Abrazare Drills


I’ve been working alot on the abrazare material lately.  Not having any actual wrestling or Judo background, nay not any grappling background whatsoever, it’s been a challenge for me.

That said, it’s also been a path to discovery.  While a Judoka could likely tear me apart in seconds, it’s useful to remember Fiore’s Art is a means to an end – not wrestling for its own sake, but rather as a way to get to a dominant position to hit the opponent with something hard and/or pointy.  In that light, I’m fairly comfortable with what we’ve been developing.

One problem with Fiore’s abrazare, with his whole Art in fact, is it leaves alot for granted.  No mention is made of how to enter, from which holds, what throws are being deployed, etc.  It shows a buncch of counters and some guards that conceptualise the various body positions and arm configurations.  This is good, since using the principles outlined in the manuscript, we can do anything.  It’s also alot of work trying to reconstruct something of worth.  I’ll give the German systems that much, it’s pretty much “martial arts for dummies.”  Put this foot here, that arm there…  Wish I had that luxury.  Hats off to our German friends for their thoroughness!

How then, do we reconstruct a system?  Well, we look at the plays and try to see what holds and takedowns are implied in the plays.  Note I said takedowns.  Since this is a unified martial art, and trying to throw someone is harness is likely a bad idea, then we use takedowns.  The difference?  Takedowns take you down to the ground, throws send you flying through the air.

So, looking at the plays, and without getting into a huge discussion of where I got all this from, I found several key, core takedowns.  Some of them are universal in their application across different martial arts.  Others not so much.  All of them utilise basic mechanical principles and fundamental teachings of Fiore’s manuscript.  I have classified them according to the relative body position vis-a-vis your opponent (heretofore called the “companion”).

Using this, we get: a rear leg takedown (a la gambarola) or tripping, an inside takedown (leading leg inside the Companion’s leading leg), an outside takedown (leading leg outside the Companion’s leading leg), a reverse takedown (both Companion and Player facing in the same direction, leg behind the Companion), a hip throw or cross-buttock throw/takedown and a shoulder takedown.  Add to these the four ligadura: upper, lower, middle and armbar takedowns and we have a core system for training apprentices and for building upon.  These are the building blocks for our core curriculum.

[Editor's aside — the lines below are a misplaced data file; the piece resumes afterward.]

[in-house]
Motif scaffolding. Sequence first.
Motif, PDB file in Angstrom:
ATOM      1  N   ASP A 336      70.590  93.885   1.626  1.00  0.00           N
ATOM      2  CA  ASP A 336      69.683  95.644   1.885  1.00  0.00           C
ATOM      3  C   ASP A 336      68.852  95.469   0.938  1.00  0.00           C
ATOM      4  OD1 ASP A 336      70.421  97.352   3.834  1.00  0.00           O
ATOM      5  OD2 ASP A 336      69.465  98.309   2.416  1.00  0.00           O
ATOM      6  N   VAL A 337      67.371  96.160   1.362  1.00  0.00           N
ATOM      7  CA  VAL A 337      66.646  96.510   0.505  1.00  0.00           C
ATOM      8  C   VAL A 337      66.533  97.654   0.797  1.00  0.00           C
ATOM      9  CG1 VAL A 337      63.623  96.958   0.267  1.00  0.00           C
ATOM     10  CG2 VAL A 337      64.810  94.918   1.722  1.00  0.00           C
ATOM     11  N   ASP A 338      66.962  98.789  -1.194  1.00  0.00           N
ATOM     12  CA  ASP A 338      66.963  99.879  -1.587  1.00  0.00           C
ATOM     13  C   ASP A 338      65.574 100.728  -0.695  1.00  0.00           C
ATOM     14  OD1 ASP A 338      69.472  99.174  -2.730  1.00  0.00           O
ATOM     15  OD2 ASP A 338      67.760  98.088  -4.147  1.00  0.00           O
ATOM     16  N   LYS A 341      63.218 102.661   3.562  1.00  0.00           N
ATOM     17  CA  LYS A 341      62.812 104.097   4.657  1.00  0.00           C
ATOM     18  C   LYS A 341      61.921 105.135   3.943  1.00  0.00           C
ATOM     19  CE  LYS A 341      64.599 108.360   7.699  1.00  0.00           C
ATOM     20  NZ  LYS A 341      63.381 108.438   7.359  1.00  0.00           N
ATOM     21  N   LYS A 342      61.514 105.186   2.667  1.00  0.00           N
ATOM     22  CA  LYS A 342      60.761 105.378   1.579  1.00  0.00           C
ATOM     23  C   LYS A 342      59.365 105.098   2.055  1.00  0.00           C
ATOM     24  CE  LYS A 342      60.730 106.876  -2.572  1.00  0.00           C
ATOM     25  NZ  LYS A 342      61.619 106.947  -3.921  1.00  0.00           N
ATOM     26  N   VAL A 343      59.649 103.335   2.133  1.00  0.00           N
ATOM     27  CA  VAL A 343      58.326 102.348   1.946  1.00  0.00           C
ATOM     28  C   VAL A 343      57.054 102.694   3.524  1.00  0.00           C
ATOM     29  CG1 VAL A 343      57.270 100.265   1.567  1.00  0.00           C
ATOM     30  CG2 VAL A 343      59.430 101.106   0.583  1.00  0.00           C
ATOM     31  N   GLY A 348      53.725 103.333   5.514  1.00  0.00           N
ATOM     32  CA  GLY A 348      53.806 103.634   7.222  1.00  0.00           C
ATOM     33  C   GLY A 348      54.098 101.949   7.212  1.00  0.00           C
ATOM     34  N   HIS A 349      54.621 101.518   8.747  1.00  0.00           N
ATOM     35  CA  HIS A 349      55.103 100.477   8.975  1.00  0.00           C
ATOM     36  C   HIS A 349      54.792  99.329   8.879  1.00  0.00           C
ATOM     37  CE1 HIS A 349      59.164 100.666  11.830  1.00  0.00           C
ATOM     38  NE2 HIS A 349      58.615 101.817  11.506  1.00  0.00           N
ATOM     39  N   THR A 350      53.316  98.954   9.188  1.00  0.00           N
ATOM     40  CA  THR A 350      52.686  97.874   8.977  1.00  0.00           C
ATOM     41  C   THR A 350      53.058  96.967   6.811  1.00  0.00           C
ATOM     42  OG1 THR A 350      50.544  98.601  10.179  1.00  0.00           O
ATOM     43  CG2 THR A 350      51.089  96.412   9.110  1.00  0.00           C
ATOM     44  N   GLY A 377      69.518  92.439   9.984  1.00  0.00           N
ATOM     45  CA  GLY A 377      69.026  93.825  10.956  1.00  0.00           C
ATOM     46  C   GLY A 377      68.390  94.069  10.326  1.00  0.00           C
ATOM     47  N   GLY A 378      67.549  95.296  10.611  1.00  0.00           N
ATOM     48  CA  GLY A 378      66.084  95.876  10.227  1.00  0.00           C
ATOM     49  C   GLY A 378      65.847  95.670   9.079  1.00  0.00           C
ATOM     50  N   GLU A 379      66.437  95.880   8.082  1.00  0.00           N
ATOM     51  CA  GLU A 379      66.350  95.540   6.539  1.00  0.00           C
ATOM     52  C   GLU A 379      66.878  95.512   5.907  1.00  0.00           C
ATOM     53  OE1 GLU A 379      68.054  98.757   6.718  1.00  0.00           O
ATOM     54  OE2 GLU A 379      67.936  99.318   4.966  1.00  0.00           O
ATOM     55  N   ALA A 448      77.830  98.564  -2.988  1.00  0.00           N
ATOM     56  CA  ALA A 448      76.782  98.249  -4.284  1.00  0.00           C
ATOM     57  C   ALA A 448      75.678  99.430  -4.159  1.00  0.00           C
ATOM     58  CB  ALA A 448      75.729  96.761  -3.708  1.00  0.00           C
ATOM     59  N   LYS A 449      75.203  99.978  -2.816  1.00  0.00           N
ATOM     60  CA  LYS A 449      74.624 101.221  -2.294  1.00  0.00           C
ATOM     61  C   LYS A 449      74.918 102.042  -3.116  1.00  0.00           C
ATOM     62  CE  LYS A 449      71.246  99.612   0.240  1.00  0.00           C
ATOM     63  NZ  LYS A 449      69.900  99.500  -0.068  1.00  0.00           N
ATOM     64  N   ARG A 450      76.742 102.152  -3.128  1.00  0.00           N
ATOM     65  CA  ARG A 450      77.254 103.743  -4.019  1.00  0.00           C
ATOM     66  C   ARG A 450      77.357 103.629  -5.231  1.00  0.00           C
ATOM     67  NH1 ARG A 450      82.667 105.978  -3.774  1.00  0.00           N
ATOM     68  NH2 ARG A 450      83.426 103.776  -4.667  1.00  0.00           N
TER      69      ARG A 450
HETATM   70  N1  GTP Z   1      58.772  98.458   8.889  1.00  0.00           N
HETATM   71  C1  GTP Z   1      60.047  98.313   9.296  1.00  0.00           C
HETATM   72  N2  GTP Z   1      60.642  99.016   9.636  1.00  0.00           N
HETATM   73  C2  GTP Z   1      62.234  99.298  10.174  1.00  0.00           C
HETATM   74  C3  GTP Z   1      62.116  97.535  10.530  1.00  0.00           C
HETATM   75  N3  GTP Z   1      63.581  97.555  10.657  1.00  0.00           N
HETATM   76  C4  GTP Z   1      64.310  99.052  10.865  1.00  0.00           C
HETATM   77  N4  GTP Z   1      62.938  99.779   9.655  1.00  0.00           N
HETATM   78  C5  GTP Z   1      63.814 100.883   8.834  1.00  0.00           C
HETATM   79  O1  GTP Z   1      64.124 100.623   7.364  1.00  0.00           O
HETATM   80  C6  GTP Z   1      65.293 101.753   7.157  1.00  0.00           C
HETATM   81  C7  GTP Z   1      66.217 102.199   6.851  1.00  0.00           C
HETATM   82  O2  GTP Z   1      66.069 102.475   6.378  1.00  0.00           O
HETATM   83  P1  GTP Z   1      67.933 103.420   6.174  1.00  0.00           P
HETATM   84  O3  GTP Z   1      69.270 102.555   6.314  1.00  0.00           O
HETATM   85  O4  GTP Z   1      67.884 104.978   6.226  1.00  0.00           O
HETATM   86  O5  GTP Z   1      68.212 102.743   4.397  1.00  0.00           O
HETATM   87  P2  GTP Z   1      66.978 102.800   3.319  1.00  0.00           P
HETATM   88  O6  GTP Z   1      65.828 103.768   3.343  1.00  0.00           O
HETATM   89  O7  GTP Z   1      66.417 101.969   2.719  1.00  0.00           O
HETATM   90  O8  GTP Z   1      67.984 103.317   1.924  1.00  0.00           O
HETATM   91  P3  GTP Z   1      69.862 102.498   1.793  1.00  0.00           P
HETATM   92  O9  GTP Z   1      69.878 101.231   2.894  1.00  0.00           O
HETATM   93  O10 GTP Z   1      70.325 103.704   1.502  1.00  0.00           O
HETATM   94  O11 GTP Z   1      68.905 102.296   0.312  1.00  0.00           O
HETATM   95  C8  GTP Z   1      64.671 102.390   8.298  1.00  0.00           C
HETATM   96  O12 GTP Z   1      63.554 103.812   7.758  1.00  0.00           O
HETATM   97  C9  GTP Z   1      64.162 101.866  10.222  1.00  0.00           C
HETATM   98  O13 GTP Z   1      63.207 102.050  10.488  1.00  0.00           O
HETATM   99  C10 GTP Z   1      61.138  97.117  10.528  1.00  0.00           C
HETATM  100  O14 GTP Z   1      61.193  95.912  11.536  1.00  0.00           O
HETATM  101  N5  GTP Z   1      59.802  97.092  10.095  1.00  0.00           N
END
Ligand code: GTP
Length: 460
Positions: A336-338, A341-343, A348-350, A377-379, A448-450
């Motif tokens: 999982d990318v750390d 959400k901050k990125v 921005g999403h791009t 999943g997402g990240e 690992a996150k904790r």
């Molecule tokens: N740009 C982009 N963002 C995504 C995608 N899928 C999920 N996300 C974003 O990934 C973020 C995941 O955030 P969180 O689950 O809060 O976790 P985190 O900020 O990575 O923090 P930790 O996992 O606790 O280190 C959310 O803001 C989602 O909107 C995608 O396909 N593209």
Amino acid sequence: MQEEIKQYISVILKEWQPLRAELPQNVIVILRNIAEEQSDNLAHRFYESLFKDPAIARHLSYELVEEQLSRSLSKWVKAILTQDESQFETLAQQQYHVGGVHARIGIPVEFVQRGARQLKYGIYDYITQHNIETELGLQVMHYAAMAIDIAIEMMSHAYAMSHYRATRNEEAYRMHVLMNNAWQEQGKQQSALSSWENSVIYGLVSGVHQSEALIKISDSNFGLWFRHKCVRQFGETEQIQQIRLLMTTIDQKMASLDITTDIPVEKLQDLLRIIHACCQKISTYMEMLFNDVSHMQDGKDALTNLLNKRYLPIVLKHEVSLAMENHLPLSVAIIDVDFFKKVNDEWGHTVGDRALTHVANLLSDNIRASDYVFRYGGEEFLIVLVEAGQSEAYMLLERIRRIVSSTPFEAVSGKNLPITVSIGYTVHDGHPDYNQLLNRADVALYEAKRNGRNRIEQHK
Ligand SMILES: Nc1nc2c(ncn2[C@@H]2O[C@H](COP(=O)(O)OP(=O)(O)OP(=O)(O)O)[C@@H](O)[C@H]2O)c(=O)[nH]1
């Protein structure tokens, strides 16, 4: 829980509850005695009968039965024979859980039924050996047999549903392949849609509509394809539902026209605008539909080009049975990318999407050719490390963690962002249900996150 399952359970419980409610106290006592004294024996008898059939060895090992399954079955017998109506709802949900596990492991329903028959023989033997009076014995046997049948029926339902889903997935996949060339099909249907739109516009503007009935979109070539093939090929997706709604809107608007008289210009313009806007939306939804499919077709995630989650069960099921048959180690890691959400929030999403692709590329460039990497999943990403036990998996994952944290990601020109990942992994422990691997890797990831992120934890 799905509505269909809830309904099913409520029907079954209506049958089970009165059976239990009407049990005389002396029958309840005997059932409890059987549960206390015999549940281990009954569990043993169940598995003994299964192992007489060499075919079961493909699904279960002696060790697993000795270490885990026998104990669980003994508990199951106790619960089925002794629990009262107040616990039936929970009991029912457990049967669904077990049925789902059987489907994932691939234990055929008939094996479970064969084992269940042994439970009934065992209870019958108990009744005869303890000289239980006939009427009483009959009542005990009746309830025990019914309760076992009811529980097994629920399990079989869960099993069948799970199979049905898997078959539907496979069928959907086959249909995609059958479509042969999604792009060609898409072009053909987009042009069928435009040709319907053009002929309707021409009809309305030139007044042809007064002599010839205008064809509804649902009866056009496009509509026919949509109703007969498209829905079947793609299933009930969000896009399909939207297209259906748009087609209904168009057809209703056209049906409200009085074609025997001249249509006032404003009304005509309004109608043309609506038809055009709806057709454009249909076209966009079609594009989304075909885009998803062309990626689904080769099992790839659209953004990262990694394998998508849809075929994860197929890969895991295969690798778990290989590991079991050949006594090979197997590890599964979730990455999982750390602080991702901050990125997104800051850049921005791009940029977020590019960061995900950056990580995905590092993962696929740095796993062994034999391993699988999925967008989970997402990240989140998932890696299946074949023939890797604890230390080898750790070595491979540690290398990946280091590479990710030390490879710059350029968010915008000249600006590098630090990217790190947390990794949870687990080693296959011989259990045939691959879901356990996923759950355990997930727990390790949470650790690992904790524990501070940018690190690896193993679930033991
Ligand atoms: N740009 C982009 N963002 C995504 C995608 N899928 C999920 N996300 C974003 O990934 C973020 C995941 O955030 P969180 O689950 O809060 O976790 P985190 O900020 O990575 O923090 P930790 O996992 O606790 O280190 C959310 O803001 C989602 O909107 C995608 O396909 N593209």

Add to these methods for breaking grips, holds derived from the poste (neck and elbow/wrist, over/under arm, double neck, double collar, etc.) and methods for entering from out of measure (strikes, pulling, pushing) and from within measure or from the grips (breaking structure, using the poste and ligadura to gain an entry) and the all-important admonition to exploit the movement of the Companion and not try to throw a well-planted, sationary individual, and we have a system.  It’s taken some time for me to get here, but I’m finally happy with what we’ve got.

At least until somebody shows me something cooler.

Here are a few drills to play with.  Video should be forthcoming.

Set Play Flow Drills

The following drills form part of the syllabus core, and demonstrate principles and techniques typical of Fiore’s system. If practised in the proper manner, they teach technique, balance, and fluidity as well as techniques and counters. These drills should be practised in discreet steps – first perform step 1 several times (we recommend 5), then do step 2 several times, then step 3, etc.

Abrazare drill #1

  1. The Player steps in to perform gambarola (rear leg takedown) from out of measure or from a hold (dente di zenghiar).
  2. The Companion steps back, checks arm and applies 1st-2nd master of abrazare, applying an arm bar takedown (counter to posta longa using dente di zenghiar to porta di ferro).
  3. The Player collapses measure to save his arm, moving in for a body hold and an outside takedown (counter to dente di zenghiar using posta frontale).
  4. The Companion applies the fourth play of abrazare – neck crank/spine lock/belt lock (using a combination of porta di ferro and posta longa in the extension of the arm).

From step 4 above, the Player could use an elbow push against the neck crank, step through and go for a gambarola again, resetting the action to step #1.

Abrazare Drill #2

  1. The Player steps in to apply gambarola from out of measure or from a hold. (dente di zenghiar)
  2. The Companion counters the gambarola with a gambarola of his own (following the advice given in the play).
  3. The Player reverses his grip, repositioning his feet (almost as if the first gambarola were a feint), picks up the Companion’s left leg and reverses the throw, deploying posta longa along the Companion’s throat/chest (third play of abrazare.)
  4. Companion applies remedy master of abrazare to the outstretched arm, gaining an arm bar takedown (dente di zenghiar counter to posta longa).

If we want to take this drill further, from step #4, we find ourselves in position for step #3 of drill #1, and can continue our play from this point, extending the exercise.